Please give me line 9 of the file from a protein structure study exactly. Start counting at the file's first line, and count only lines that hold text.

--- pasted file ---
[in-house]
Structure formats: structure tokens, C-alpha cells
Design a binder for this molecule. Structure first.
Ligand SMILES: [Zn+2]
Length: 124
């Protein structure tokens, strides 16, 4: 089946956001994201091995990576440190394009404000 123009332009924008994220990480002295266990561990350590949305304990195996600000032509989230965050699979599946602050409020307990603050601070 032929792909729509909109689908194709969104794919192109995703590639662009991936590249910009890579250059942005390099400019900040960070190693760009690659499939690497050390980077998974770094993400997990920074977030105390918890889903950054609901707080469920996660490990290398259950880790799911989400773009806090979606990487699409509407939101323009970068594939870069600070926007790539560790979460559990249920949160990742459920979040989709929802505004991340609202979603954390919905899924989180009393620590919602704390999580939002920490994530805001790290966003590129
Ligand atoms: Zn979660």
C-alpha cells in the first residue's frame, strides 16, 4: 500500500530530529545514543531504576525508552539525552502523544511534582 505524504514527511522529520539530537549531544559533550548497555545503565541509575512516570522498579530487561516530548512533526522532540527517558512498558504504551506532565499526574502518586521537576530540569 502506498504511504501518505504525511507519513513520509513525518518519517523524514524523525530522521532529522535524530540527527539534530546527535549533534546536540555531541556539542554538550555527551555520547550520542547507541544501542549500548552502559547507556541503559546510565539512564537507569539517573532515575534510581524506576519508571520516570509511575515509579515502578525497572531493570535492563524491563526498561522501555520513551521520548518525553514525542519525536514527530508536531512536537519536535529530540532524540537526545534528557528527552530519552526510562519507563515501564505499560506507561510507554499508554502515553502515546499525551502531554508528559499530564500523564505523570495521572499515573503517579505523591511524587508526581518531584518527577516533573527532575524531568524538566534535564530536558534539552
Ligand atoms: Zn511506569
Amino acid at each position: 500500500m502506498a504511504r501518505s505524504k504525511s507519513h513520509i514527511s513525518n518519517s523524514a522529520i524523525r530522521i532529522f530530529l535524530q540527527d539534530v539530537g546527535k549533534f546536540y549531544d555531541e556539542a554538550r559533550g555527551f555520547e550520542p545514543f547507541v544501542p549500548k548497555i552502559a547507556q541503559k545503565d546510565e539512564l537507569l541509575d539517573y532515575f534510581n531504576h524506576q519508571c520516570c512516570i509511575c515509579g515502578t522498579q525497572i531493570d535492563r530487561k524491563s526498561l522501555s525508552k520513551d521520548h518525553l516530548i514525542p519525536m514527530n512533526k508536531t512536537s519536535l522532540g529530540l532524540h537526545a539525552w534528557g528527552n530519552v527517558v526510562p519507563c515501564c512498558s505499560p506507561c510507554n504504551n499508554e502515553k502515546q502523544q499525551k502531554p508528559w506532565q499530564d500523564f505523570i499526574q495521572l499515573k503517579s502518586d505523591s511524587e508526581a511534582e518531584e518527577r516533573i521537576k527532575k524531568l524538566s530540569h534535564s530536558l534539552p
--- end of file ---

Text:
Ligand atoms: Zn511506569